2Pat Gelsinger Takes the VMworld Keynote Stage Without Paul Maritz
3From the Mainframe Era to the Modern Mobile Cloud
4Gelsinger Outlines Three Imperatives for IT Infrastructure
Gelsinger stressed throughout his keynote that VMware’s strategy is driven by three key imperatives: ubiquitous virtualization, automation and hybrid cloud. “We’re not done until every app, every database, every big data application and every physical server becomes replaced by virtual infrastructure,” Gelsinger said. “That is our passion, and we will continue to drive compute virtualization until it is 100 percent virtualized for the data center.”
5VMware’s Software-Defined Data Center Strategy Gets New Tools
VMware calls its approach to data center virtualization the software-defined data center (SDDC). It’s a strategy that includes automation, operations management, storage compute and networking. At VMworld 2013, the new productions include vSphere 5.5 for server virtualization, NSX for network virtualization and VSAN for storage virtualization.
6VMware NSX Aims to Virtualize the Network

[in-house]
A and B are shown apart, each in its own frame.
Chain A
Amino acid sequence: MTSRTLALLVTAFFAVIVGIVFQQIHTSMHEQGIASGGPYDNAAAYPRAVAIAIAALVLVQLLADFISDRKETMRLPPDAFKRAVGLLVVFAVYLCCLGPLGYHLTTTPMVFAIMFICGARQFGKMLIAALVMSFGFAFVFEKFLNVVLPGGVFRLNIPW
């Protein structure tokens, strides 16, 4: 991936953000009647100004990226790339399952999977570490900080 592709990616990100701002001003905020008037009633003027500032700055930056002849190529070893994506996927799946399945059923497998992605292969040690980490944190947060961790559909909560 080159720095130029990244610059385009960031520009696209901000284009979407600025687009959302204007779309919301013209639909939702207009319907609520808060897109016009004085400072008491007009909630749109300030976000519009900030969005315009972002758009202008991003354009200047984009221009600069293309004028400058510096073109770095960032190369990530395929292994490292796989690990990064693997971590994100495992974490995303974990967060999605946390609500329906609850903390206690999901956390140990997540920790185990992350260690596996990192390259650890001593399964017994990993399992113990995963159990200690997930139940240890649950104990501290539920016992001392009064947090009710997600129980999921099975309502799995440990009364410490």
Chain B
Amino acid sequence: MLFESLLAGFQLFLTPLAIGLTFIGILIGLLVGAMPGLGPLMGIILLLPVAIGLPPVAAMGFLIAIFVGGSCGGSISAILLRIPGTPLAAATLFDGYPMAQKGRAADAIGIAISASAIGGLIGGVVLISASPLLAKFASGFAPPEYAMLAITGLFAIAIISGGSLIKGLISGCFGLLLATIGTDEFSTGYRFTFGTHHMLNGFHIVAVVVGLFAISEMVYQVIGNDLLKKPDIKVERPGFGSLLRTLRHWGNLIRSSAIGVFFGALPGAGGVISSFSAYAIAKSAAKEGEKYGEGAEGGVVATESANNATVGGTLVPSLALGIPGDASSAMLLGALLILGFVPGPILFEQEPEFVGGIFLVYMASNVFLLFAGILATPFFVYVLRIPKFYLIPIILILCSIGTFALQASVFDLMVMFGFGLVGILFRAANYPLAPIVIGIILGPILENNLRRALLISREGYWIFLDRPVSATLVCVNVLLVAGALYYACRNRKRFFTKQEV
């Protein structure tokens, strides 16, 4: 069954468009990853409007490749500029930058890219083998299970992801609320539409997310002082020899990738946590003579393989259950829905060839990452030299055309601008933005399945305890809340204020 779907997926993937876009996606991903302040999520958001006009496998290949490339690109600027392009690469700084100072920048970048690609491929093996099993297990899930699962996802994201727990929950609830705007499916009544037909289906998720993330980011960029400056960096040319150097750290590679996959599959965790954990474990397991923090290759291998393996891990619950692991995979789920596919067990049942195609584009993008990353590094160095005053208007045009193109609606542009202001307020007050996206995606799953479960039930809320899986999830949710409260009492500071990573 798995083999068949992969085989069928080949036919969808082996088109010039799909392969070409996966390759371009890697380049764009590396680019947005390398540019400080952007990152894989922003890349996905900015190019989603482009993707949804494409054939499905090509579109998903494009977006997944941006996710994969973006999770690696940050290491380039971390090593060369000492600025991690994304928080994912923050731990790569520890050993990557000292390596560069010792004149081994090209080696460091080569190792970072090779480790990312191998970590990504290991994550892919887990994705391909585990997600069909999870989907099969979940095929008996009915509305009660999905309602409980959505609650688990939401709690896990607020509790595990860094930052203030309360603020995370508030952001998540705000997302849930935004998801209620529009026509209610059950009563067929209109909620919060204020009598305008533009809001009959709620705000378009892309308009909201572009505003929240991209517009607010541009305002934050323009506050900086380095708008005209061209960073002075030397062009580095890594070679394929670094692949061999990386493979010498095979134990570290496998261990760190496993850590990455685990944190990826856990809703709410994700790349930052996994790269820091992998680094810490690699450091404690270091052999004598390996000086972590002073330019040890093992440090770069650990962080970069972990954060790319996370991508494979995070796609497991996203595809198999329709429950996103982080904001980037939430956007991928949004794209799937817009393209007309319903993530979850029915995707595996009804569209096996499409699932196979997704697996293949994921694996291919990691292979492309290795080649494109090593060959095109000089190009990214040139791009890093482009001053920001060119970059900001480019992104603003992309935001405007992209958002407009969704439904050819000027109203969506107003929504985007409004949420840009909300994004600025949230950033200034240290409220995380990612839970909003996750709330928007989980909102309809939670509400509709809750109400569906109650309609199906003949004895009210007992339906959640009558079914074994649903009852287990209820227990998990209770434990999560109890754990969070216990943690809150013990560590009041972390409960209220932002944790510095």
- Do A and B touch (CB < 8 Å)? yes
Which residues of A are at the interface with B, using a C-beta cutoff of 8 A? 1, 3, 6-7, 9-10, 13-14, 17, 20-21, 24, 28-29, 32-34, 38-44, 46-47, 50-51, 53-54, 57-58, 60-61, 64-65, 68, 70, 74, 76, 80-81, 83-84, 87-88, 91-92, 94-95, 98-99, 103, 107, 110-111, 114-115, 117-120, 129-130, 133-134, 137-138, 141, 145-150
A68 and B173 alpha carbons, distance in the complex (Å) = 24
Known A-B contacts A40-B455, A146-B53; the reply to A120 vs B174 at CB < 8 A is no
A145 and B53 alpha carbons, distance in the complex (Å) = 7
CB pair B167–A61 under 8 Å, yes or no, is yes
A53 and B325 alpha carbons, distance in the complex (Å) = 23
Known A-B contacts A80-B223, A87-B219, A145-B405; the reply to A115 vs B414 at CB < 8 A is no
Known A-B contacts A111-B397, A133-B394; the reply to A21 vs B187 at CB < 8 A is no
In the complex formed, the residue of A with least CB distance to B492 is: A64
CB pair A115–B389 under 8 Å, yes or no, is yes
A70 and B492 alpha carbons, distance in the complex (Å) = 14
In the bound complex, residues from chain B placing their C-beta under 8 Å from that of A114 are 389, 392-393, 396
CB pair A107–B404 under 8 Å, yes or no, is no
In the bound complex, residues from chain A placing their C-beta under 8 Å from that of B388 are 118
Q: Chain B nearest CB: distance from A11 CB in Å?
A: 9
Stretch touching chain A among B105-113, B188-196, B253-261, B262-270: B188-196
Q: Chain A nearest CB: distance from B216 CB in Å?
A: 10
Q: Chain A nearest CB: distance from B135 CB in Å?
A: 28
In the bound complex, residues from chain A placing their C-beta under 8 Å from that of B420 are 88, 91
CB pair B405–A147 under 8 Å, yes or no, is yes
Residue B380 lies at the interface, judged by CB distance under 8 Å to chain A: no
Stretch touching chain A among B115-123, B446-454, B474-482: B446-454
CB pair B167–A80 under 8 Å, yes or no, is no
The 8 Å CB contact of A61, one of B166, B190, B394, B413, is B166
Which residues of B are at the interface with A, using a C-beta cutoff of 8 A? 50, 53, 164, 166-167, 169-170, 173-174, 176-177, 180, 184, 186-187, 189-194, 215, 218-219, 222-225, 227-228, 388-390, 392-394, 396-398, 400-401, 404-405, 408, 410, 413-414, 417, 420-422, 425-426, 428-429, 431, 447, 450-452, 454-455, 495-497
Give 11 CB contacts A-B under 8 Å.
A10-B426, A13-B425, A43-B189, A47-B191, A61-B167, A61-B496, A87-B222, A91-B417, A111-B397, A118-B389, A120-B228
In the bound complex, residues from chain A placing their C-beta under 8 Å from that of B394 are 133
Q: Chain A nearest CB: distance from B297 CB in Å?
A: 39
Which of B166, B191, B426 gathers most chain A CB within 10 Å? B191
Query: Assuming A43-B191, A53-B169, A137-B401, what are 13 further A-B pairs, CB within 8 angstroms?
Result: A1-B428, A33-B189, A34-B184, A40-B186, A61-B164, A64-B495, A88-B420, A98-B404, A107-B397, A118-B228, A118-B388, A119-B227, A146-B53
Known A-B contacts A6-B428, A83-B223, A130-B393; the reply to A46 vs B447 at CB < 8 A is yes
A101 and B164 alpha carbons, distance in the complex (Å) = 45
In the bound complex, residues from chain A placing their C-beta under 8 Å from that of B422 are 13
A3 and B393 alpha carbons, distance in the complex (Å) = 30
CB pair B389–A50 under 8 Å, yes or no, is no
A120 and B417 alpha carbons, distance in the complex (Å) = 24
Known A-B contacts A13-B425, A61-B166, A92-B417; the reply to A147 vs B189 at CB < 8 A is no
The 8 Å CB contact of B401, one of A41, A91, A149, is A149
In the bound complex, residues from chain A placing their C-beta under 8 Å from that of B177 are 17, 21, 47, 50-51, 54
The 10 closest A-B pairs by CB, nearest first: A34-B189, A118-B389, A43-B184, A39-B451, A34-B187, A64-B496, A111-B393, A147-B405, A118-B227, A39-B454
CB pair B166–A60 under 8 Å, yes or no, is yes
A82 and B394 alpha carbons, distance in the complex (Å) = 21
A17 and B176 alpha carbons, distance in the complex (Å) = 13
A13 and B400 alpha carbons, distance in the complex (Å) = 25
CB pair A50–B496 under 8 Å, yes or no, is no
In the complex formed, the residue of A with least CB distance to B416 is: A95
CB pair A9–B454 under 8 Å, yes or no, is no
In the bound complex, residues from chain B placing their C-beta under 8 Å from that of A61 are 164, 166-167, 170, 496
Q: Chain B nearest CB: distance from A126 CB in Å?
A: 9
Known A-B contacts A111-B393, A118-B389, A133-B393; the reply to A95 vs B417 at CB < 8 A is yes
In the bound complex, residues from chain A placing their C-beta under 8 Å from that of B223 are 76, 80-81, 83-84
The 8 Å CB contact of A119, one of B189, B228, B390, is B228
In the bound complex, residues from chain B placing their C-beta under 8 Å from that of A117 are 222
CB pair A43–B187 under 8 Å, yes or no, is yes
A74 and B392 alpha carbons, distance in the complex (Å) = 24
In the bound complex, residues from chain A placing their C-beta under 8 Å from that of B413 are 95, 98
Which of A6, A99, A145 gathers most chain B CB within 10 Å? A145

7Partners Are Key to NSX Strategy
8Martin Casado Leads NSX Forward for VMware
9VMware vCloud Hybrid Service Is Now Generally Available
Also joining Gelsinger on the keynote stage was Bill Fathers, senior vice president and GM of the Hybrid Cloud Services business unit at VMware. During the keynote, Fathers and Gelsinger announced the formal general availability of the vCloud Hybrid Service. The service previously had been available in a limited beta since May of this year.
10VMwave vCloud Hybrid Data Centers Are Set to Expand
VMware is initially delivering the vCloud Hybrid service from its own data centers in California, Nevada, Dallas and Virginia. The effort will be complemented in the coming months with additional data centers in Chicago and New York from VMware partner Saavis. Coincidentally, VMware’s GM of Hybrid Cloud, Bill Fathers, is a former president of Savvis.
11How Do Virtualization Professionals See Themselves?
In one of the more lighthearted moments of Gelsinger’s keynote, he gave the audience the results of an informal survey VMware conducted on how virtualization and IT professionals see themselves. Some saw themselves as masters of the universe, dragon slayers and champions, while others saw themselves as martyrs.